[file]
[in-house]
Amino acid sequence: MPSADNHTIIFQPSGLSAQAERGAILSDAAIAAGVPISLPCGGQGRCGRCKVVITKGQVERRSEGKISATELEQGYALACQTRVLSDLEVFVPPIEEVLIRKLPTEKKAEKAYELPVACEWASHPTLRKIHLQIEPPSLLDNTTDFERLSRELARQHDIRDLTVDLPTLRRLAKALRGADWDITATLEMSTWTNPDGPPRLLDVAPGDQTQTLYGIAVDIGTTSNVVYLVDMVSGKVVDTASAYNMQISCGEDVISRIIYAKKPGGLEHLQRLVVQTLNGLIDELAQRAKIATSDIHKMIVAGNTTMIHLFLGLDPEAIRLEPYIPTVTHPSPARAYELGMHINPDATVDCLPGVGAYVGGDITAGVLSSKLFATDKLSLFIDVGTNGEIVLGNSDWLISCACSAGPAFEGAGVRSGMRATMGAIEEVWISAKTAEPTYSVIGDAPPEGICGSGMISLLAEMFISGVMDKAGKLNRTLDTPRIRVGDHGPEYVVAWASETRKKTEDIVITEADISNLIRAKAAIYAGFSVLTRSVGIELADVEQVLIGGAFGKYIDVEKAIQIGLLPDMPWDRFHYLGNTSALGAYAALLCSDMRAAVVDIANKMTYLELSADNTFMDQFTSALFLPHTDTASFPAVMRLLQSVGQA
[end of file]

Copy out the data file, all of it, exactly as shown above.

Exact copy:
[in-house]
Amino acid sequence: MPSADNHTIIFQPSGLSAQAERGAILSDAAIAAGVPISLPCGGQGRCGRCKVVITKGQVERRSEGKISATELEQGYALACQTRVLSDLEVFVPPIEEVLIRKLPTEKKAEKAYELPVACEWASHPTLRKIHLQIEPPSLLDNTTDFERLSRELARQHDIRDLTVDLPTLRRLAKALRGADWDITATLEMSTWTNPDGPPRLLDVAPGDQTQTLYGIAVDIGTTSNVVYLVDMVSGKVVDTASAYNMQISCGEDVISRIIYAKKPGGLEHLQRLVVQTLNGLIDELAQRAKIATSDIHKMIVAGNTTMIHLFLGLDPEAIRLEPYIPTVTHPSPARAYELGMHINPDATVDCLPGVGAYVGGDITAGVLSSKLFATDKLSLFIDVGTNGEIVLGNSDWLISCACSAGPAFEGAGVRSGMRATMGAIEEVWISAKTAEPTYSVIGDAPPEGICGSGMISLLAEMFISGVMDKAGKLNRTLDTPRIRVGDHGPEYVVAWASETRKKTEDIVITEADISNLIRAKAAIYAGFSVLTRSVGIELADVEQVLIGGAFGKYIDVEKAIQIGLLPDMPWDRFHYLGNTSALGAYAALLCSDMRAAVVDIANKMTYLELSADNTFMDQFTSALFLPHTDTASFPAVMRLLQSVGQA